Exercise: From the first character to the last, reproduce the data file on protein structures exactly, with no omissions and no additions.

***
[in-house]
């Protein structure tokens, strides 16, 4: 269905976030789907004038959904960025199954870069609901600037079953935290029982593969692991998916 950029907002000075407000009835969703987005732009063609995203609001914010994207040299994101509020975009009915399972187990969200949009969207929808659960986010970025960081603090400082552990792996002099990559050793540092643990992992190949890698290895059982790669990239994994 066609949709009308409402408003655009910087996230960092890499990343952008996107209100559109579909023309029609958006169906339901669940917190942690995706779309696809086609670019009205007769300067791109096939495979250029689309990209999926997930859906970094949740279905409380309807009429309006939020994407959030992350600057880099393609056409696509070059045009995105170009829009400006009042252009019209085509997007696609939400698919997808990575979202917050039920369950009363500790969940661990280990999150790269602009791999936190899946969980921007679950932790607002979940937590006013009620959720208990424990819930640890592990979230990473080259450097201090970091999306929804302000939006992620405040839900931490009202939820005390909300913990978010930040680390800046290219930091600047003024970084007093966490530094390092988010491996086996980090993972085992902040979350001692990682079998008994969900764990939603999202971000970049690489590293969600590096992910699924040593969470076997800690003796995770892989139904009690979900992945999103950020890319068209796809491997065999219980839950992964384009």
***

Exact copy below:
[in-house]
């Protein structure tokens, strides 16, 4: 269905976030789907004038959904960025199954870069609901600037079953935290029982593969692991998916 950029907002000075407000009835969703987005732009063609995203609001914010994207040299994101509020975009009915399972187990969200949009969207929808659960986010970025960081603090400082552990792996002099990559050793540092643990992992190949890698290895059982790669990239994994 066609949709009308409402408003655009910087996230960092890499990343952008996107209100559109579909023309029609958006169906339901669940917190942690995706779309696809086609670019009205007769300067791109096939495979250029689309990209999926997930859906970094949740279905409380309807009429309006939020994407959030992350600057880099393609056409696509070059045009995105170009829009400006009042252009019209085509997007696609939400698919997808990575979202917050039920369950009363500790969940661990280990999150790269602009791999936190899946969980921007679950932790607002979940937590006013009620959720208990424990819930640890592990979230990473080259450097201090970091999306929804302000939006992620405040839900931490009202939820005390909300913990978010930040680390800046290219930091600047003024970084007093966490530094390092988010491996086996980090993972085992902040979350001692990682079998008994969900764990939603999202971000970049690489590293969600590096992910699924040593969470076997800690003796995770892989139904009690979900992945999103950020890319068209796809491997065999219980839950992964384009």